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Jul 19 2013

Harrow secures funding for nearly 3,000 additional school places

harrow_council_logoHarrow Council has secured funding to provide nearly 3,000 vitally needed new school places by 2015.

The Department for Education has today announced that it will pay for 2,836 school places to be provided at 15 schools, as well as a new provision for young people with special educational needs at Harrow College.

Schools and Council officers worked together to develop and submit the bids, and as a result Harrow was successful in securing funding for 15 schools and will receive a portion of an £820m pot which is being shared out among 378 schools across the country.

This allocation through the Government’s Targeted Basic Needs Programme, supports the Council’s proposed Phase 2 primary expansion programme which is responding to an unprecedented rise in the number of children in the borough. It will also increase the number of places for children with special educational needs in special schools and in specialist provision in mainstream schools.

The council was also successful in securing £2,500,000 funding for Harrow College to provide 80 Special Educational Needs Places for 19-25 year-olds in a new unit at its Harrow Weald site.

The proposed primary school expansions are in addition to the ambitious Phase 1 primary school expansion programme already underway in which nine schools will be permanently expanded by September 2013. The primary phase one and two expansion programme proposes up to 24 school expansions, including the proposed school that will be part of the development on the Kodak site.

Following Cabinet approval last night (July 18), statutory consultations for Phase 2 will begin in the Autumn Term. The Council will work with the schools to develop the plans and make sure that there is appropriate accommodation for Harrow’s children. Cabinet’s final decision about the expansions are planned for March 2014.

Portfolio Holder for Children Families and Schools Councillor Zarina Khalid, said: “Harrow Council is leading the way when it comes to planning for London’s unprecedented rise in children. I am absolutely delighted that we were successful in securing this funding for so many of our schools. Our Children and Families Department has worked tirelessly with schools to make compelling bids to the Department for Education. We now have funding in place for school expansions which will change the lives and offer new opportunities for our youngest residents.”

Conservative Group Leader, Cllr. Susan Hall, said: “The receipt of this funding is exceptionally good news, and we hope it will make a substantial difference as the Council continues with its school expansion programme. Enormous credit is due to the Council officers who worked putting these bids together, and also to the department for Education for recognising Harrow’s needs and funding us accordingly.

Our hope for the school expansion programme is that the Council’s administration will significantly up its game when it comes to consultation. After the debacle surrounding the Vaughan School expansion – where scores of residents felt they had been ignored – they can ill-afford to make the same mistakes again.”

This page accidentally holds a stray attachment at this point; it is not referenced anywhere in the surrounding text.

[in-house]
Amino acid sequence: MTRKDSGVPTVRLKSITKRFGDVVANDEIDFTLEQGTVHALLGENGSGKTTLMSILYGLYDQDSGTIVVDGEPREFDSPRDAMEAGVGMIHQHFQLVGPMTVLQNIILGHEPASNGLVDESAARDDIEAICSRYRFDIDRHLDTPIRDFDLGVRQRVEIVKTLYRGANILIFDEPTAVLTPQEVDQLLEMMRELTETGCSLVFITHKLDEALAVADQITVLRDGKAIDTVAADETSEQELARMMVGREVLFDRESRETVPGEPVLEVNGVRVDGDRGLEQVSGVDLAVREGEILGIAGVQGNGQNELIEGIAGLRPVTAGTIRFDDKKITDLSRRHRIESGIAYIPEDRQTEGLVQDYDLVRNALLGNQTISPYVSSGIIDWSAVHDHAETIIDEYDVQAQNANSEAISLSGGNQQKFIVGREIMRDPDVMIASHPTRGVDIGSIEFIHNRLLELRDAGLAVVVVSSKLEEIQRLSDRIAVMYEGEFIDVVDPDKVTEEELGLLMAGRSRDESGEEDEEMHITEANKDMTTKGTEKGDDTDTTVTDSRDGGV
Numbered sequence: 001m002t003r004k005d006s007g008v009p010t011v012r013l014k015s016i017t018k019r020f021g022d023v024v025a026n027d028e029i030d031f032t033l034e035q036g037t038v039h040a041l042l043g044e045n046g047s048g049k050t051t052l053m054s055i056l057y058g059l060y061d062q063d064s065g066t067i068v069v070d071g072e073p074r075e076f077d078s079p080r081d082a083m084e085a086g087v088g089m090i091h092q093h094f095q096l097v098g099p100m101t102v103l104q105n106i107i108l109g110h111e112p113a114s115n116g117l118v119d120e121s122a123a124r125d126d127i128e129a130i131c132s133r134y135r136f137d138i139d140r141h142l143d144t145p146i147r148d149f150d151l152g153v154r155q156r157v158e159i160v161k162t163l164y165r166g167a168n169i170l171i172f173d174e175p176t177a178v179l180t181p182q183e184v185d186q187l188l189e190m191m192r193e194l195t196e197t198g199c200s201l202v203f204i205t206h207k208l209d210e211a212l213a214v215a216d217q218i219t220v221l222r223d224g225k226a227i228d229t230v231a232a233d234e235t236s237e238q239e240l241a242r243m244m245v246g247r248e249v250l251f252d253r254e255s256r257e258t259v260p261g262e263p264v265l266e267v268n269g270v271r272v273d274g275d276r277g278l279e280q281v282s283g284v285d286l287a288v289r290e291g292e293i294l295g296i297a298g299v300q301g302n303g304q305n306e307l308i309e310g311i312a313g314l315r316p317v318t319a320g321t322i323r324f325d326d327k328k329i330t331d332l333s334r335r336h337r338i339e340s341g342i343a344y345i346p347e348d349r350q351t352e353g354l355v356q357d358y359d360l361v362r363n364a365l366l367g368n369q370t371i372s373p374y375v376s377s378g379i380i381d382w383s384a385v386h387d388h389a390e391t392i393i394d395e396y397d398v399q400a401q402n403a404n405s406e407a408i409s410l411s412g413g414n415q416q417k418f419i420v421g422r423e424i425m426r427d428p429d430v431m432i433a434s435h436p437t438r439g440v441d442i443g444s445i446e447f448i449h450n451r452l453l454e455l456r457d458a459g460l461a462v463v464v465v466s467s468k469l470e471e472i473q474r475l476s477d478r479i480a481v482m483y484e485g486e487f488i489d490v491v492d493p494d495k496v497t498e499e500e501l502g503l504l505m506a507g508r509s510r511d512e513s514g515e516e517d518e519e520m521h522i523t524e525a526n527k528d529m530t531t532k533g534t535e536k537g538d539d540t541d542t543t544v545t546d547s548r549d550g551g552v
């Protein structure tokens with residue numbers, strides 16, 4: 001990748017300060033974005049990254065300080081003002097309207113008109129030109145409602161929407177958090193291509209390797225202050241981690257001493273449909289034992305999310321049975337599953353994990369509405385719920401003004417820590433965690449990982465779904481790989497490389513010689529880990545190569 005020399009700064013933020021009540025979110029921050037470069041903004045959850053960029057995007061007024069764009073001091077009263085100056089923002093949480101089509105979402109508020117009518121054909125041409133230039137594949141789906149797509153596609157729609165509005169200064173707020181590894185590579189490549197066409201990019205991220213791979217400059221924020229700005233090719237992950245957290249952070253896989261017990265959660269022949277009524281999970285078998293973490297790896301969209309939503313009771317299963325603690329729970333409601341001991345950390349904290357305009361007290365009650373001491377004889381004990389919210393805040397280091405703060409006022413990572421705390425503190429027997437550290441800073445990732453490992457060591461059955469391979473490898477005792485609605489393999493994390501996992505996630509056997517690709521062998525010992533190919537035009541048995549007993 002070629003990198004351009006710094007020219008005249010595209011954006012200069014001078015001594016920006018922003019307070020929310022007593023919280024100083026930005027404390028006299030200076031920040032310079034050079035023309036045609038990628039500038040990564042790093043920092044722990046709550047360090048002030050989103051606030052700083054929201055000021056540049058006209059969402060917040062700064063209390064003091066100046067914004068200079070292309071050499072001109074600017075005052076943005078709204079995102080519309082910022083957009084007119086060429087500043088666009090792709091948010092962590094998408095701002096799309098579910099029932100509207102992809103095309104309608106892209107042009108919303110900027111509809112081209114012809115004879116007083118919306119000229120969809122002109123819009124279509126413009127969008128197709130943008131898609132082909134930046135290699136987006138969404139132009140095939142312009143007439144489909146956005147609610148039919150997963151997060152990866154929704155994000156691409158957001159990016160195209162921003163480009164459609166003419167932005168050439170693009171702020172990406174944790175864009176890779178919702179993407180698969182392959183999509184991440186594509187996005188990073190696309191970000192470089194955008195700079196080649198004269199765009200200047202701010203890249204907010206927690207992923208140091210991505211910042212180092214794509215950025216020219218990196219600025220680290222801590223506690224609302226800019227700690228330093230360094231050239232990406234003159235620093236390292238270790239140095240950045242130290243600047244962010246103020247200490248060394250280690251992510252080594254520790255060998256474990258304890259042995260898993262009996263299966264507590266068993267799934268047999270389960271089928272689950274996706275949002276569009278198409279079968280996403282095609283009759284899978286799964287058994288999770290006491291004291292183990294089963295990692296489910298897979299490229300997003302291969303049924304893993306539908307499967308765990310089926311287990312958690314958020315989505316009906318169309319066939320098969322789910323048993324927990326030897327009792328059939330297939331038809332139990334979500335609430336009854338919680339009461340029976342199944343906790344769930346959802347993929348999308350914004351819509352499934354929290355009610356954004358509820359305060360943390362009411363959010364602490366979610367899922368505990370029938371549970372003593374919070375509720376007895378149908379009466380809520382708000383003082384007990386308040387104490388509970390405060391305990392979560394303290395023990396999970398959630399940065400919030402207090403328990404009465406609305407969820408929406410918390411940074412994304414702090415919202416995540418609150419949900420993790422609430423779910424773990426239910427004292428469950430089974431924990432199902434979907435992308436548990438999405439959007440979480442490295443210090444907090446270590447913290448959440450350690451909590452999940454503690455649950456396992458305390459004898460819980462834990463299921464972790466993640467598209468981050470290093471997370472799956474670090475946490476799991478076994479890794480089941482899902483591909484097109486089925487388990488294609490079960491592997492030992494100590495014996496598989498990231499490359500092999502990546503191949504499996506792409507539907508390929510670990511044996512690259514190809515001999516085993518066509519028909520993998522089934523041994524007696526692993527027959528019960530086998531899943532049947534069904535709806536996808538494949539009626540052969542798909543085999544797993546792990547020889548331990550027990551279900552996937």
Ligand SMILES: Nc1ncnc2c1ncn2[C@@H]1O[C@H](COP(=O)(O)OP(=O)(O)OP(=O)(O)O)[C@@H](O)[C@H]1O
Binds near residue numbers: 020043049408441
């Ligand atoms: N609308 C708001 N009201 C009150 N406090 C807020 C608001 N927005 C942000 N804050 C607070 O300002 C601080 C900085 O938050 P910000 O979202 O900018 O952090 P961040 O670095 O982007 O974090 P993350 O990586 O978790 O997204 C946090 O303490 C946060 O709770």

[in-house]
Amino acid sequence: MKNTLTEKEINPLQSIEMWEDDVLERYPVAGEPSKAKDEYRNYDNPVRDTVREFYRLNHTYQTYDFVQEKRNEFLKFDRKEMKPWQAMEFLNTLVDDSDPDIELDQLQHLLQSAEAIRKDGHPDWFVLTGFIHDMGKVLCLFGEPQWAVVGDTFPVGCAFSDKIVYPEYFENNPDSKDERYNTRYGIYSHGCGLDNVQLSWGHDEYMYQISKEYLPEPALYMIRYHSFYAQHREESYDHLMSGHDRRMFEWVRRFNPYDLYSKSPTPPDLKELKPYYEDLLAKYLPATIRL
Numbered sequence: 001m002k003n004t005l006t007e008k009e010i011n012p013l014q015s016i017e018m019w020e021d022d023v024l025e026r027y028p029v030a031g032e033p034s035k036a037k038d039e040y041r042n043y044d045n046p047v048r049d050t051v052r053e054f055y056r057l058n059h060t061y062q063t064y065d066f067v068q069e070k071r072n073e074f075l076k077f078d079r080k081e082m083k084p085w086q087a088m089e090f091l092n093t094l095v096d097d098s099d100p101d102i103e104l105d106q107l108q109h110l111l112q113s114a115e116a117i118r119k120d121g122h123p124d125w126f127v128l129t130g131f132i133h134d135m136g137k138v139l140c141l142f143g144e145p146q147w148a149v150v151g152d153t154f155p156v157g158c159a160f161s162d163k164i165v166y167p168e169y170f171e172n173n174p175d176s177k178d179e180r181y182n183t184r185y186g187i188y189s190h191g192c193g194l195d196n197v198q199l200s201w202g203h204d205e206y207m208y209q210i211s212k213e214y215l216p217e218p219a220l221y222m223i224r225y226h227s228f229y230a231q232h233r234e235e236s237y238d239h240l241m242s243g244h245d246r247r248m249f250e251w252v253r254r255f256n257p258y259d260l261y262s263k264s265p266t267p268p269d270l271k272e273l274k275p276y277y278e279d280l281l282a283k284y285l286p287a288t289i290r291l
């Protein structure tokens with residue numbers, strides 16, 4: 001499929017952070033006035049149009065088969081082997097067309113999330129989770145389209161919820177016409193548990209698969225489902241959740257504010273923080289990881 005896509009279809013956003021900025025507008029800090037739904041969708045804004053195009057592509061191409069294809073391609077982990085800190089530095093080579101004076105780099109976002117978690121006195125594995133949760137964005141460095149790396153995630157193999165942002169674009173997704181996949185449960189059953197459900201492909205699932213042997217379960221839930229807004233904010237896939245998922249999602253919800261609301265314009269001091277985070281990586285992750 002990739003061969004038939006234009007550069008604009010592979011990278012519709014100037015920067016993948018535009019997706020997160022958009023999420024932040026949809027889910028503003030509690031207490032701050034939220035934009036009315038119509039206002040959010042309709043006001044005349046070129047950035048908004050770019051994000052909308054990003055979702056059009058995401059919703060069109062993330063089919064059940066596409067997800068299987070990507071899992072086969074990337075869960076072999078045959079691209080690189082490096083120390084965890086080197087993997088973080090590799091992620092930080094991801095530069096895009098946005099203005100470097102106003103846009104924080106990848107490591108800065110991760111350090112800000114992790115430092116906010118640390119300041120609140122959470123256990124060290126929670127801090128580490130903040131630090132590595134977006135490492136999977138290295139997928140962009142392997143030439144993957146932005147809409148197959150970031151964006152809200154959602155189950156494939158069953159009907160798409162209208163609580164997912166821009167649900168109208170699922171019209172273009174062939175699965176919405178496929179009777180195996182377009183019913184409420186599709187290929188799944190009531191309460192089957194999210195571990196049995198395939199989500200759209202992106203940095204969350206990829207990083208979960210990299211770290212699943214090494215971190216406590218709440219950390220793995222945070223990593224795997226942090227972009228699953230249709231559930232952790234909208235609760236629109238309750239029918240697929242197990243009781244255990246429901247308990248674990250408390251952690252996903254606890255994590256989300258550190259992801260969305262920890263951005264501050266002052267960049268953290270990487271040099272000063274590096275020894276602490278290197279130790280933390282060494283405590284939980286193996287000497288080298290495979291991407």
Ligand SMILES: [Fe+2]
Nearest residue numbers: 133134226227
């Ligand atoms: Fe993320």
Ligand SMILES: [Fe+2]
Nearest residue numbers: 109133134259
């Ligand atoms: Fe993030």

According to national census data, 15,916 children aged under five were recorded in the 2011 Census for Harrow, compared to 12,015 in the 2001 Census – a rise of 32 per cent. The number of pupils with special educational needs is also increasing and the population rise will also impact secondary schools from September 2016 onwards. There is already pressure in Year 10 and Year 11, with around 300 more pupils since 2011.

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4 comments

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  1. concerned_resident

    Following on from the circus like performance of the Vaughan School expansion plans can the residents really trust the current council officers to manage such a budget allocation effectively?

  2. 4Democracy

    I totally agree with you concerned_resident. Will we ever find out how much the Vaughan School expansion will cost? The costs/budgets were drawn up before the council decided to look at their own flood risk assessment of Harrow and discovered they were trying to build somewhere not permitted, i.e.a Flood Plain. Instead of stopping then they decided to disregard their own policy and find ways to work around it. Sensors in the underground culvert, monitors in the school office, diverting the culvert around the playing field, vast attenuation tanks, a pump and a backup pump are all going to push the costs up considerably.

  3. john p hobbs

    3,000 That wont even cover the Eastern Europeans flooding in to Harrow .

  4. john p hobbs

    Then there are the East Africans with somewhere between six and ten kids , I had a friend who worked in a Harrow school they did a little survey about ten years ago and the figure was in my higher bracket I swear to this . When I take the bus from Harrow Weald to Harrow and back which is quite frequently , less than one in ten conversations I hear are in English . There is going to be a massive problem with school places and i have to wait two weeks to see my own Doctor . Northwick Park Hospital well best forget it you will probably die first waiting .

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